Perched precariously on the edge of a towering building, armed with nothing more than a squeegee and courage – this was the perilous reality of a window cleaner not too long ago, a profession then tinged with danger and the ever-present risk of the unthinkable.
Not for the faint-hearted
It wasn’t uncommon to see these brave people standing on high tenement window ledges cleaning and sometimes even having their lunch sitting on the ledge to save time. That’s a scene almost unimaginable today, considering the stringent health and safety measures that are essential to the trade.
It was a lack of these robust health and safety regulations in the past that meant the many risks associated with window cleaning were simply accepted as part and parcel of the job. Unfortunately, this attitude resulted in numerous accidents, some with devastating outcomes.
Safety gear was rudimentary at best, with harnesses and fall arrest equipment being more of an exception than a norm. Little thought was given then to factors such as weather conditions, and cleaners often worked in less than favourable elements, further heightening the risk involved.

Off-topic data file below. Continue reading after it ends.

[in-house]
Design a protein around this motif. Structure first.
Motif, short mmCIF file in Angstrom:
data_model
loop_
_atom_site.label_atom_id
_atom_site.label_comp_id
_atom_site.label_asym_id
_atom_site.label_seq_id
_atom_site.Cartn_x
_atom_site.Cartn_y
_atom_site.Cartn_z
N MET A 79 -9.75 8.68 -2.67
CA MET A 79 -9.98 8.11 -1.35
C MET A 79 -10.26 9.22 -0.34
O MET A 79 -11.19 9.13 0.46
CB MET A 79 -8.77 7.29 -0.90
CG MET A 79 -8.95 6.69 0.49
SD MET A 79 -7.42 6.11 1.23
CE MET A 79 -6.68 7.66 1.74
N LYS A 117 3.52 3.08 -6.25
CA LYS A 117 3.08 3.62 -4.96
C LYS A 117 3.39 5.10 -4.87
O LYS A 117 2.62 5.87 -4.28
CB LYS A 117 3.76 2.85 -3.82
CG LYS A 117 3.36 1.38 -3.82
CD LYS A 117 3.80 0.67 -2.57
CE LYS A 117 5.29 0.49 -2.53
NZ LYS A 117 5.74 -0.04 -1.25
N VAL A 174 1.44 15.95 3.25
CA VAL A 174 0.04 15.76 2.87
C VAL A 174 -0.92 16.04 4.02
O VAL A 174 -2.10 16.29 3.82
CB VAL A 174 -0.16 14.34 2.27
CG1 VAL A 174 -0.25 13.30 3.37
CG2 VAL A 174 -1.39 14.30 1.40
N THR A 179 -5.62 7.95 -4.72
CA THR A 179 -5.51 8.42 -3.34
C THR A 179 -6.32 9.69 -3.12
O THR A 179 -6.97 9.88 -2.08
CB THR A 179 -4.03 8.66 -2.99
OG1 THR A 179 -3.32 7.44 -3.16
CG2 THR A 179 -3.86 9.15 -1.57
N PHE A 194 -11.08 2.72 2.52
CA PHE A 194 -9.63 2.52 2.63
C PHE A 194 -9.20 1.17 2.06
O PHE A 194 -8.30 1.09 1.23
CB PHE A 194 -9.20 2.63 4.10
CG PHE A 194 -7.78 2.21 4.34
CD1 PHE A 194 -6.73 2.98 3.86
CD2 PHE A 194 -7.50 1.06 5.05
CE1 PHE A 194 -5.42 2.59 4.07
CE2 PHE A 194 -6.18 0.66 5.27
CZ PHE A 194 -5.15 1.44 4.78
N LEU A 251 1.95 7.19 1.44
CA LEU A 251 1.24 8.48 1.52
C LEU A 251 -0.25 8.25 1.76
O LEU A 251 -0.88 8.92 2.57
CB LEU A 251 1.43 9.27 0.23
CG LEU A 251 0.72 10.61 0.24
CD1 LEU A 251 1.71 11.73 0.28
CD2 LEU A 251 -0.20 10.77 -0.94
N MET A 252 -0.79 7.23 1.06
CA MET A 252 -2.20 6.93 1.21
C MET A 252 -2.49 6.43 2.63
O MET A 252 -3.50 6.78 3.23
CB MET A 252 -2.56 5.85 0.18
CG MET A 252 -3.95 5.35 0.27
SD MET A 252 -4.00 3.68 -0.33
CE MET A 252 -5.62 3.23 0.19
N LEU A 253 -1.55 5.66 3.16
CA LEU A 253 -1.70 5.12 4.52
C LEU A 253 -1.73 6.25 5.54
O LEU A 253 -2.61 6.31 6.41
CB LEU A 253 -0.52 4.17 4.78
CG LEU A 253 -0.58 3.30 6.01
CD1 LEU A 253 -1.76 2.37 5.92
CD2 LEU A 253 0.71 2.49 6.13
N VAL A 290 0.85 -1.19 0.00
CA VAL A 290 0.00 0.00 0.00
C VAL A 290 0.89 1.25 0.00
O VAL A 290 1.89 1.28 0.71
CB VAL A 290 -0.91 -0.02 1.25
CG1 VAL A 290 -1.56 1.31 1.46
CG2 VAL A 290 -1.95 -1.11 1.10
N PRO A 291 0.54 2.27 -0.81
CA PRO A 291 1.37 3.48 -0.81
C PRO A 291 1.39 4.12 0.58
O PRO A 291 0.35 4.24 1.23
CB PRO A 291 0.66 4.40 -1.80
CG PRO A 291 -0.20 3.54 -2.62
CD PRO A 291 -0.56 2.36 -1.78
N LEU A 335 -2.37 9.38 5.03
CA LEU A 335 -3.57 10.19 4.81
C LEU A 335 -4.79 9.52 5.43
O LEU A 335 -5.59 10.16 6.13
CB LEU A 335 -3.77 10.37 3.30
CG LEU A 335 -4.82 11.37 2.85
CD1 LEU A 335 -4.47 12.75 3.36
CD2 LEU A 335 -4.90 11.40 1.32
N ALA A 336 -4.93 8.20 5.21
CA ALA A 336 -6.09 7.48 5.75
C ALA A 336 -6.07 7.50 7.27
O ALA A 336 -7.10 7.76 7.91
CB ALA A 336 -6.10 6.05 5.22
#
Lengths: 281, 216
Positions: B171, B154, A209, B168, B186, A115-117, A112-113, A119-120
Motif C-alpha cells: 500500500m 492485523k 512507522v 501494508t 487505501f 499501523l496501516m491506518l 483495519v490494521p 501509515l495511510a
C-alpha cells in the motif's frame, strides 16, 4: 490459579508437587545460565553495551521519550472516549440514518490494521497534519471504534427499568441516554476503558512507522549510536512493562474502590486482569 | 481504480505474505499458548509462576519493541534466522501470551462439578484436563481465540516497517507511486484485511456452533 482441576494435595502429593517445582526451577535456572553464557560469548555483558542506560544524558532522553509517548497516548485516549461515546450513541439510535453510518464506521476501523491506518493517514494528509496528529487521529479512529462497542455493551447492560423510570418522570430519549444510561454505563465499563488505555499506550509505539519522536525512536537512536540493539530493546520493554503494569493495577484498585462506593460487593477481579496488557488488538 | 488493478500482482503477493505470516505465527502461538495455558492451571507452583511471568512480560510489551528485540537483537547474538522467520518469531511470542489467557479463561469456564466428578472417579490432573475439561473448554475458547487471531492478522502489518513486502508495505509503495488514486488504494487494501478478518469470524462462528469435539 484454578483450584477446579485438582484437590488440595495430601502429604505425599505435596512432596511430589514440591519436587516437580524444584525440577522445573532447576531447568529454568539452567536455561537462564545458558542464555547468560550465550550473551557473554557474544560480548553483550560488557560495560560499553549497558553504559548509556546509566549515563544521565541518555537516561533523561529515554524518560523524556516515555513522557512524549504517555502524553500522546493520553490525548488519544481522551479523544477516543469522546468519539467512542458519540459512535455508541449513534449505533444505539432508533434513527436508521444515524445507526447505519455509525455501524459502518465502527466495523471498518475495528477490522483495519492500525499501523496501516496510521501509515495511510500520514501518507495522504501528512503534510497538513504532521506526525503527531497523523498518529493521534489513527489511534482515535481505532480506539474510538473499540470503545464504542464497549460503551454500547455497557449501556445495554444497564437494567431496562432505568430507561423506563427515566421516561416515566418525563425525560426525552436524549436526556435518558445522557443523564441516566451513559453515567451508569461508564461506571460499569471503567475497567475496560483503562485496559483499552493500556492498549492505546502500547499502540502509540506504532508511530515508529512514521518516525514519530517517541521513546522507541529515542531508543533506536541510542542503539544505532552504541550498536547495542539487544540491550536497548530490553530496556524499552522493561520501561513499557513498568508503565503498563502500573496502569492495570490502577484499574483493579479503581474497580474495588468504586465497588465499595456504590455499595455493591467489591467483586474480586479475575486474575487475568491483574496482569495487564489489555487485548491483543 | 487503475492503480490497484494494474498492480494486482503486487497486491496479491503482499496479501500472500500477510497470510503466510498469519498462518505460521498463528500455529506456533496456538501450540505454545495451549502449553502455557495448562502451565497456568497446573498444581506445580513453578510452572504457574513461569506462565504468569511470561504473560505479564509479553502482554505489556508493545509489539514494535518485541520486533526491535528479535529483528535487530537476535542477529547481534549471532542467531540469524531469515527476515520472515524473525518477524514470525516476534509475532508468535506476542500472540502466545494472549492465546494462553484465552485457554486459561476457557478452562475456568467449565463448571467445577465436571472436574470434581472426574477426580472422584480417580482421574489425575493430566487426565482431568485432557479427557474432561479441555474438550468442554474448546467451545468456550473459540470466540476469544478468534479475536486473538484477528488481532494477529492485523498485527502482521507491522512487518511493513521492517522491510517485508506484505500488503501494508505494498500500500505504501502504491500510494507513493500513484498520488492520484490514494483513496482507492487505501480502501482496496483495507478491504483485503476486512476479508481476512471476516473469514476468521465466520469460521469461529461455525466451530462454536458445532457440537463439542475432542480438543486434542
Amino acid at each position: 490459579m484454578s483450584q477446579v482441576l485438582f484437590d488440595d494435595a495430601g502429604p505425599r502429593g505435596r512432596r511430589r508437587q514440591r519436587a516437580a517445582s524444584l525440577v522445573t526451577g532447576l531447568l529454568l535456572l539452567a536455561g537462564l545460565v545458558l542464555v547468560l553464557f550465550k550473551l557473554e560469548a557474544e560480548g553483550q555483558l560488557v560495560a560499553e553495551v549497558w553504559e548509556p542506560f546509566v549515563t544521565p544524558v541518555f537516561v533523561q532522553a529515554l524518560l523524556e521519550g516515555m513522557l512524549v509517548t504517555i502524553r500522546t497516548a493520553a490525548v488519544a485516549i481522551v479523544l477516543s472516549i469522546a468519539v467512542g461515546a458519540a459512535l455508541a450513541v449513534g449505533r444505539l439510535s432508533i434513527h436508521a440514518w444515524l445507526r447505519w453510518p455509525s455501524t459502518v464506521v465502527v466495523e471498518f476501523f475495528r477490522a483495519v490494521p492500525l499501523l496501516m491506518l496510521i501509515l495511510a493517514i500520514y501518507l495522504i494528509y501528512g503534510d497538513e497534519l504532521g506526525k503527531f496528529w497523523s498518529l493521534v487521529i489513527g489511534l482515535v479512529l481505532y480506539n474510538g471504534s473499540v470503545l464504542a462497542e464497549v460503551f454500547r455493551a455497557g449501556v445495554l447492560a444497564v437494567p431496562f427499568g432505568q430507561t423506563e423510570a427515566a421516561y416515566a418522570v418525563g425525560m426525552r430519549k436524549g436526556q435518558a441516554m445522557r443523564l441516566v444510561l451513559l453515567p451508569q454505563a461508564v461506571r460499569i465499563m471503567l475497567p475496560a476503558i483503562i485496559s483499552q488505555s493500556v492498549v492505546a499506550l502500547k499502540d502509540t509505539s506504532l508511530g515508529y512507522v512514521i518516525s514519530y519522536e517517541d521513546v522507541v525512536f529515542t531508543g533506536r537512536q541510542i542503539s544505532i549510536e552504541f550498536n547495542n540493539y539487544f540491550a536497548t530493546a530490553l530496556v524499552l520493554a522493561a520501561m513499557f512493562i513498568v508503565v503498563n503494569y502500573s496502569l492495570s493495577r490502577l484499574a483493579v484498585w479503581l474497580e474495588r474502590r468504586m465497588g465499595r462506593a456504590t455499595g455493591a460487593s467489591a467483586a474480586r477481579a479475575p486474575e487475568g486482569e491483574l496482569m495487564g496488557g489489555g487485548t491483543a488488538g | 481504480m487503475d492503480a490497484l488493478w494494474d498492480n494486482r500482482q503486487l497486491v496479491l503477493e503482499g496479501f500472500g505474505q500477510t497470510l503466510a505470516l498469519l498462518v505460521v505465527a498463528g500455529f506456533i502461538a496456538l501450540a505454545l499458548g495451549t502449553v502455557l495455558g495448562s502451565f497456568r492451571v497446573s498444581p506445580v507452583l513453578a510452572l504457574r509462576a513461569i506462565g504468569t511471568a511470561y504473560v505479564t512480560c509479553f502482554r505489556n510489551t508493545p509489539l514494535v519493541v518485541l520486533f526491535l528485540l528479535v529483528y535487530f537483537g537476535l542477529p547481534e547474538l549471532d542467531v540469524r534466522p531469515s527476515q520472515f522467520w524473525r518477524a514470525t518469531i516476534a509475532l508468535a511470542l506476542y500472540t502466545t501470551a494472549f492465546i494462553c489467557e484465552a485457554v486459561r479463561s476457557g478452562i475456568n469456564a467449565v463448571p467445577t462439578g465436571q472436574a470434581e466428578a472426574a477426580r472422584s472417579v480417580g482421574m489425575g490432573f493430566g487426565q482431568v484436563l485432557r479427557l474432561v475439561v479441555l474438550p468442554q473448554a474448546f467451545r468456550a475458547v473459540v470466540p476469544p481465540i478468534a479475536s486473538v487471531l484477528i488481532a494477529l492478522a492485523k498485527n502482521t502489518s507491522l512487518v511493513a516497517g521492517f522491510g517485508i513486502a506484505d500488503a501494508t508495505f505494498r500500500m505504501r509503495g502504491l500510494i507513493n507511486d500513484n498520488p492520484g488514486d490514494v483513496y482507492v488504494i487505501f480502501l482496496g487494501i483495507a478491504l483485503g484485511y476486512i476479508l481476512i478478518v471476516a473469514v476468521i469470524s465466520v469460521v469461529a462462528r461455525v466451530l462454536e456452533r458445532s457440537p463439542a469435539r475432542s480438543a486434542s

Redefining window cleaning standards
Fast forward to today, and the landscape has dramatically changed.
At The Tudor Group, our window cleaning operations have an innovative, safety-focused approach, leveraging a host of modern techniques to ensure the quality of our work and the well-being of our team. These strategies have been crafted to cater specifically to each unique task, embracing the diversity of structures and buildings we service.
Jamie Farrell, Window Cleaning Manager, takes us through the various techniques that have been used: “Among the most common techniques, we’ve seen the Bosun chair used in the past – an apparatus akin to a suspended seat. These chairs were initially used aboard ships, allowing sailors to reach otherwise inaccessible parts of the vessel.
“This strategy was then adapted for use in window cleaning. Workers used to sit in the Bosun chair and we’re not actually attached to anything. They would start from the top and work down the face of the building. A simple hitch knot was used to secure them in place. This technique offered unparalleled access for the time, allowing for a thorough and effective cleaning process
These days the cherry picker is an instrumental tool in our cleaning arsenal. A versatile hydraulic crane equipped with a platform, it grants us access to those high and hard-to-reach spots that were once the bane of window cleaners.
“A single operative can control the ascent, descent, and horizontal movement, all while enjoying the safety of a secure platform. My team is always mindful of the load-bearing capacity of the surfaces on which the cherry picker will be parked.
“We meticulously assess the ground conditions to ensure stability, avoiding any potential accidents.”
For the most part, you’ll see Jamie and his team using water-fed poles, which represent another leap in window cleaning evolution. These extendable poles, equipped with brush attachments and a water supply system, can extend to clean windows several storeys high.